Escort5 mins 392 5 mins 392
I have been an escort for years now!
Oxford dictionary describes the word escort as ‘a person or group accompanying another for protection or as a mark of rank’
Don’t get me wrong by looking at my statement or its dictionary meaning and start to give wings to your imagination!
My job as an escort has been very unique and different from the one you are trying to imagine!
Ok. Let me start at the beginning.
During my college days, I was the only guy who never took to drinking while all my close friends – seven of them - did. If that was the only issue I wouldn’t have bothered. I was entrusted with the responsibility of first finding a good hotel for them to booze and then making sure that they all reached home, safely by escorting them!
You see, there was no Ola during those days to go home.
We needed to peddle our cycles and I would be taking at least two of them - the ones who can't even ride - on my cycle at any given time and, boy! Balancing was very tough literally and figuratively. The cycle was off balance most of the time making me think who is drunk here?
When I joined a large billion-dollar IT company, the first meeting, in a seven-star hotel was with the introduction to the CEO of the company. Sitting close to him, I looked at the well-clad billionaire and expected to get a few questions related to my job as head of learning and development.
But it was not to be. The first question he asked was whether I drink!
When I smiled and nodded my head sideways, the CEO heaved a sigh of relief and said, “thank god at least we will have one sober guy who can escort me to my room safely after I down six or seven pegs!”
“Sir, would you like to eat a Chikoo after your drinks, by any chance?” I asked only to get a cold stare from the CEO.
Poor fellow how does he know the secret of a Chikoo, yet?
Ok, ok. I am jumping the gun.
My story has gone ahead to the pub capital of Bangalore; but before that, I was in Mumbai after completing my graduation (then called Bombay) so, let’s go back!
Believe me, the place changed from Bangalore to Mumbai, after my college days, but my duty didn’t.
In the bank where I worked, my colleagues found out that I was a teetotaler and hence insisted on me joining them for the bash – meaning drinking endlessly – and as an escort; my job was once again taking a few of them safely home in the bulging local train.
What started off as a social service then became a bane for me.
Bhaskar, one of my close friends in Mumbai had a peculiar problem. He had no hesitation in gulping endless pegs of liquor; his problem was the awful smell that emanated from his mouth after drinking and how to get rid of it!
He was worried that people at home, his parents and sisters would know about the forbidden habit and he will have to face the dire consequences!
Suggestions came pouring from veteran drinkers; chew a paan, rinse your mouth with toothpaste, eat a banana or two and what have you.
But nothing worked for poor Bhaskar and he got a strict warning from his father – when he found out that his son came home drunk – that he would be homeless soon if he doesn’t stop drinking.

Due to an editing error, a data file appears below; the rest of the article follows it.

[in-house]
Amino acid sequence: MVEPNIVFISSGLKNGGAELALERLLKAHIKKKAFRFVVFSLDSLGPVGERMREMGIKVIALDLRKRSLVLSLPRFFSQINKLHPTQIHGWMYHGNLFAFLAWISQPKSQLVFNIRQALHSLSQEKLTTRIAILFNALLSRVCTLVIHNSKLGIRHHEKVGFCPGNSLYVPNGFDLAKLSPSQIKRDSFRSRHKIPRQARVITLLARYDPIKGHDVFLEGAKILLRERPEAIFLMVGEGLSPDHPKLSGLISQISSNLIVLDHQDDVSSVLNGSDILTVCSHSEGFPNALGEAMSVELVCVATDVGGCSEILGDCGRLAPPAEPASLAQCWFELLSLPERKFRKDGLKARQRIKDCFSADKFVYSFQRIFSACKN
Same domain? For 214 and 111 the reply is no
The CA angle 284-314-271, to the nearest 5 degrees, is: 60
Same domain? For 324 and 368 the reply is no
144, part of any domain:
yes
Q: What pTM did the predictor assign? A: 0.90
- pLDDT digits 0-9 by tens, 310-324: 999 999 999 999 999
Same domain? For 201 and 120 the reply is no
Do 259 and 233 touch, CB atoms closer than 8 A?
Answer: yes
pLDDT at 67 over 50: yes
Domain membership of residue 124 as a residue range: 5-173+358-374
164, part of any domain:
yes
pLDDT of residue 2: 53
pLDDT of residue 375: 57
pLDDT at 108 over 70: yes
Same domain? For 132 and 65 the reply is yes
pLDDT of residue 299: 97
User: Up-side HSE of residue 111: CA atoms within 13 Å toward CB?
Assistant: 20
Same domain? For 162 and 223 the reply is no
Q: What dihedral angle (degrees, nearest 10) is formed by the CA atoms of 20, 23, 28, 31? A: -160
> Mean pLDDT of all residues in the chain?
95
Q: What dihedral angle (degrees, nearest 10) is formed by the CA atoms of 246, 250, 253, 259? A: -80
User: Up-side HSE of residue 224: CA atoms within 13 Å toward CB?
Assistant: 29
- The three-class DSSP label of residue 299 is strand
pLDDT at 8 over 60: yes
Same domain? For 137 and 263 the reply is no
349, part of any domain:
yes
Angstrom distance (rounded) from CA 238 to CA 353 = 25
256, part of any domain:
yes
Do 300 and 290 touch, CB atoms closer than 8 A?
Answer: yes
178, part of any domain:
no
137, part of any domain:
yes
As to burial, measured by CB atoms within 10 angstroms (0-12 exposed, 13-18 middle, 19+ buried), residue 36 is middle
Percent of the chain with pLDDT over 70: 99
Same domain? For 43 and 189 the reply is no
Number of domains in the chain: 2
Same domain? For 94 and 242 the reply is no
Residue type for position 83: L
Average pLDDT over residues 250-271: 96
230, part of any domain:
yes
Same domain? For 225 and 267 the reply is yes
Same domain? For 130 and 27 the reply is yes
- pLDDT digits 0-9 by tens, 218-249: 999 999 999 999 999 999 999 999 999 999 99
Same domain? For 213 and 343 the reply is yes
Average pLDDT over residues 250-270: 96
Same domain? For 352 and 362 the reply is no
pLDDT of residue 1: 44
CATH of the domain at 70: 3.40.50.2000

None of my friends were regular drinkers; they drank occasionally. But unfortunately, those special occasions came thick and fast.
One day, after Bhaskar got drunk, we landed in Borivali station. He had his stomach full of liquid and hence, ate very little. I was hungry and was desperate to eat something and chanced upon ripe Chikoos (Sapodilla fruit, commonly called as Sapota also) being sold in front of the station.
While I filled my stomach, Bhaskar ate a few pieces reluctantly.
Lo and behold! Within minutes, Chikoo fruit worked like magic. The awful smell went out of his mouth by just eating a few pieces of Chikoo!
After that day, it became ritual for Bhaskar to swallow a handful of fruits after getting down from the train at Borivali station before going home happily!
His father thought that his threatening worked and his son has become a good son and has stopped drinking completely!
Disaster awaited us one day when we landed in Borivali station a bit too late; Bhaskar was, as usual, drunk.
All the fruit sellers had closed their shop and gone home!
A crestfallen Bhaskar sat on the steps of the station and refused to go home; neither would he allow me to go home! He pleaded with me to do something so that he can go home and continue to be in the good books of his father.
I desperately looked around and found nothing.
Finally, I decided to pluck a few leaves from a nearby Chikoo tree. My reasoning was if Chikoo fruit had that effect, leaves too might be helpful. I brought and told Bhaskar to eat a few leaves.
Bhaskar, though drunk could definitely distinguish between fruits and the leaves, refused to bite my newly found idea.
I tried all my persuasive techniques and finally – as he had no other option – he chewed few leaves with a grim face.
Believe it or not, the awful smell simply vanished!
That day onwards, Bhaskar made me climb the nearby tree and pluck few leaves for him to chew every time he drank.
“But why do you want to eat leaves when the fruit is available?” I pleaded.
Bhaskar smiled and said, “why waste money on buying the fruits?
Instead, I can use the same money for gulping another glass of my favorite drink!”